• Stress the need to report accidents and near misses.
  • Explain any hygiene considerations including the leptospirosis risks of working in grain and/or feed stores.

Check competency

  • Ensure all workers are capable of doing the job they are being employed to do. This means making sure they can reverse a trailer safely and operate the machines they are going to be operating.
  • Obtain copies of driving licences and their certificates of competencies for applying pesticides (PA), using telescopic forklifts and chainsaws. Check passport and work permits if necessary.

Explain procedure

  • Explain what to do in the event of an accident such as who should be the person that is called.
  • Talk through the management structure of the business and who they should report to in the event of a problem if their usual manager is not available.
  • Explain what is expected of them during the course of their employment.
  • Run through the farm’s lone working policy and hours of work.
  • Ensure staff are checked on during the course of the day either via telephone, radio and/or face-to-face checks. Ensure everyone gets home safely each night and  if they are working late ensure you know where they will be working and what time you expect them to finish. Get staff to text or call you to let you know they have finished each night if you won’t be seeing them.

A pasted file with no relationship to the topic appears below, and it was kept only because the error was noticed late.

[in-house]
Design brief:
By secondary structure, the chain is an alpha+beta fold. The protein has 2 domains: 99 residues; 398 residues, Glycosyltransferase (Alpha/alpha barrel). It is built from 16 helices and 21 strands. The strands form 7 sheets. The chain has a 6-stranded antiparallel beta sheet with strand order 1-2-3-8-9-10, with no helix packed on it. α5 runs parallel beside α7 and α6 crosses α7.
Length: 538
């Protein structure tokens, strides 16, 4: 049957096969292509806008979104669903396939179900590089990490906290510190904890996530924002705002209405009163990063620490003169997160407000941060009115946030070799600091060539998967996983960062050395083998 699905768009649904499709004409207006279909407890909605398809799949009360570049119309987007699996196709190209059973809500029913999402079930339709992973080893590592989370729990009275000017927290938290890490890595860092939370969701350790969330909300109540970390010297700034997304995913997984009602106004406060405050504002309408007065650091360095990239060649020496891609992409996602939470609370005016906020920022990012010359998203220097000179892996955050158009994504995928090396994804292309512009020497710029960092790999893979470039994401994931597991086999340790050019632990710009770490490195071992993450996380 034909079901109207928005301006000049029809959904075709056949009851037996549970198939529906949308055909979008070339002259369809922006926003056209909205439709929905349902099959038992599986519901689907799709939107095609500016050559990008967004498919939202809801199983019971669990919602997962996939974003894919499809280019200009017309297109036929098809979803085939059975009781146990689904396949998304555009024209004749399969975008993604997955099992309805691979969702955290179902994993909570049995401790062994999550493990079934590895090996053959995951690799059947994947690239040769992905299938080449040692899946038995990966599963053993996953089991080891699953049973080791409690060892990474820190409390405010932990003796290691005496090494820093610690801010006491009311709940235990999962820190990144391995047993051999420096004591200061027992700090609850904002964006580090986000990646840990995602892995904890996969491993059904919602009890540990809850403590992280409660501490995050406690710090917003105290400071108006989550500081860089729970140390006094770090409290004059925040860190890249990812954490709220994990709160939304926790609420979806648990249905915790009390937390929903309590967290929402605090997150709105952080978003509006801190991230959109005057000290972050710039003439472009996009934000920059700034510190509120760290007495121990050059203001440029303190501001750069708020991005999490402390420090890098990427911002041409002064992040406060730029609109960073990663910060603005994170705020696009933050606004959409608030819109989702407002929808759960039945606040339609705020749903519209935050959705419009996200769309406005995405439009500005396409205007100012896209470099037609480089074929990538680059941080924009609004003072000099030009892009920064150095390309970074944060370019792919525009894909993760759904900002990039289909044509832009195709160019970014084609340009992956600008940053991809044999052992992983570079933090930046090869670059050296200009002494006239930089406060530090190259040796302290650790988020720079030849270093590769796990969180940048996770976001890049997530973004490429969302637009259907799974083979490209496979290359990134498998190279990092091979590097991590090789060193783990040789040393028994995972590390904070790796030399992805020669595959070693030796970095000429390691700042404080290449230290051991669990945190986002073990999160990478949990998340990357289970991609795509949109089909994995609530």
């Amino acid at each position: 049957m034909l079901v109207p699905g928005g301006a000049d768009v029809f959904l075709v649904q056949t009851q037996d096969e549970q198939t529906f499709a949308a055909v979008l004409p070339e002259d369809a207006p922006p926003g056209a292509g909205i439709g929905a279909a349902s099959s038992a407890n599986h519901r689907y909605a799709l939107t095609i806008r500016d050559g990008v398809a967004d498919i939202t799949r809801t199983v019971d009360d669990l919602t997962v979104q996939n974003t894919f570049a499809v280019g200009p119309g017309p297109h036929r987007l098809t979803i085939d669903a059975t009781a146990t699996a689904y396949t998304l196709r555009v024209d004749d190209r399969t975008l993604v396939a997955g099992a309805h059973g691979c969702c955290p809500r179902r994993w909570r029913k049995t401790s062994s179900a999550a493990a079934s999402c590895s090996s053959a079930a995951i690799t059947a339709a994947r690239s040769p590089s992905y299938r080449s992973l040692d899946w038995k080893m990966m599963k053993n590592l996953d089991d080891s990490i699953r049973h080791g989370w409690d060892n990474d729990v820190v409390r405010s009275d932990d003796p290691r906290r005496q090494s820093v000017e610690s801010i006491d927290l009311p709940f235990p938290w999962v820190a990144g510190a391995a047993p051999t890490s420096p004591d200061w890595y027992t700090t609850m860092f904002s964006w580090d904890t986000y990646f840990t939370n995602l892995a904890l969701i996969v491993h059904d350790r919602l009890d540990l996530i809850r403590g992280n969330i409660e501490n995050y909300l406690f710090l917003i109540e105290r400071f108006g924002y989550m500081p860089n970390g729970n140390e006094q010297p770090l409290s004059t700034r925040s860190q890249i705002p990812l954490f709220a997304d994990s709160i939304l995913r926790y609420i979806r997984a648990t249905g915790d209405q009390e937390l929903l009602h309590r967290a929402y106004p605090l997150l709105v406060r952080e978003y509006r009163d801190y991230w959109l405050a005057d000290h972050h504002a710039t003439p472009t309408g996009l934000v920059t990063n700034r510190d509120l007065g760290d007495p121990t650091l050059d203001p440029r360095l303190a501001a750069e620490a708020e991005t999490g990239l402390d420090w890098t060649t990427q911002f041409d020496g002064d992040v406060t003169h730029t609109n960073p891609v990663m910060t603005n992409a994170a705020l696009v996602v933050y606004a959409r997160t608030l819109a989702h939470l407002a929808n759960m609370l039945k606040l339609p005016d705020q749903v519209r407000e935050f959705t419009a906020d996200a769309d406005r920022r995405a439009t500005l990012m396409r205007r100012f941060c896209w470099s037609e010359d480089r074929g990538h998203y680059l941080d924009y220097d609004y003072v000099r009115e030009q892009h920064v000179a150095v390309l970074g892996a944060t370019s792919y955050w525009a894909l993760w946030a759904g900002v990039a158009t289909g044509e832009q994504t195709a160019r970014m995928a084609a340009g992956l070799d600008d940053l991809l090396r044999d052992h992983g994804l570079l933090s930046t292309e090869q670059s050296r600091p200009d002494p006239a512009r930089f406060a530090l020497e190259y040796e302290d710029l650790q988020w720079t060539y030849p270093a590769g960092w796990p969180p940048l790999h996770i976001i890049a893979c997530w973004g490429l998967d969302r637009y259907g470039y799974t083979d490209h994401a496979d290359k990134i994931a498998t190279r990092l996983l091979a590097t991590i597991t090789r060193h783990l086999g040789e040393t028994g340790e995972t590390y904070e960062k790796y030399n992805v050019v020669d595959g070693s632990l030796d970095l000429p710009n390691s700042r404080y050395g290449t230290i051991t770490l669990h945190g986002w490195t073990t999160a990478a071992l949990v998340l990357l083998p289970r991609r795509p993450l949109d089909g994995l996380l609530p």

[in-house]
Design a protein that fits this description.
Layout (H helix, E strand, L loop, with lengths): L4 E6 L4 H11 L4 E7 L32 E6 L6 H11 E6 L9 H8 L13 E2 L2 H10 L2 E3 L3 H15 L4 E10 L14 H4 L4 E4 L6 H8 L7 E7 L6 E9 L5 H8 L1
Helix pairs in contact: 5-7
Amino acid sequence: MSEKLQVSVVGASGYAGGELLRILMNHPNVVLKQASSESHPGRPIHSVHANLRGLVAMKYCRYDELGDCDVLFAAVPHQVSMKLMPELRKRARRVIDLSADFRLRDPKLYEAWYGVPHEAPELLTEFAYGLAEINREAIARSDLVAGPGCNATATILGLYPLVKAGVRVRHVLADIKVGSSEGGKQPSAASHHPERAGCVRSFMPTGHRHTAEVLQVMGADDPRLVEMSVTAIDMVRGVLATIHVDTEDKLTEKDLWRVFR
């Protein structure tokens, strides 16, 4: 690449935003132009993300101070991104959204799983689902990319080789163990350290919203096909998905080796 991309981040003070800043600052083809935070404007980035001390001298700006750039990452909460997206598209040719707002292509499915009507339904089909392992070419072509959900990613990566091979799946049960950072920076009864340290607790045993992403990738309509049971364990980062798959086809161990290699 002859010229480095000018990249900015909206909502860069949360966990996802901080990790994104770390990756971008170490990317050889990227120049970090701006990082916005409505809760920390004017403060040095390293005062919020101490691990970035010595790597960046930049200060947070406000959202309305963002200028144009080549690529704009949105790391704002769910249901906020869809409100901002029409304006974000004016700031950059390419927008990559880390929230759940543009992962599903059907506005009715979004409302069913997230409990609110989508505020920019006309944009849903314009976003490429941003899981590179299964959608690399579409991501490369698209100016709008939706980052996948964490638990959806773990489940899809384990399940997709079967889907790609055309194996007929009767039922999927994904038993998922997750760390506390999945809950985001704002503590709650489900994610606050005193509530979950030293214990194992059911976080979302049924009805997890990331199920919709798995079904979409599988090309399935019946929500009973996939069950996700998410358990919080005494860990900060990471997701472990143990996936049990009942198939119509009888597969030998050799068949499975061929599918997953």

• Explain the policy and requirement to report defects or breakages and to who they should report them to.
  • Explain your smoking policy, making it clear smoking is banned in vehicles and straw fields.
  • Be aware of working hours and the requirement for breaks.

Protective equipment

  • Distribute any personal protection equipment – such as dust masks – and show them where replacements are stored.
  • Everyone should know what PPE is required for what jobs.

Machinery

  • Correct protocol for approaching vehicles, especially combines, where driver’s vision is impaired.
  • Run through general safety advice such the safe stop procedure. This requires workers to put the handbrake on, leave all controls and equipment safe, stop the engine and remove the key before leaving the driving seat, or if someone is approaching or working on the machine.
  • Remind staff of the importance, despite the stress of harvest, of the need for a careful driving style, keeping to speed limits – especially in villages, to be aware of school drop-off and pick-up times and other similar hazards, and the need to pull over.
  • Daily vehicle checks are an essential element of risk reduction.

Livestock

  • For workers who will also be expected to handle livestock, explain any dress requirements – this may be necessary if there are biosecurity requirements.
  • Where animals are involved advise workers if there are any animals which are particularly flighty or to be careful of.

Thanks to Strutt & Parker who were also consulted for information on farm health and safety to produce this article.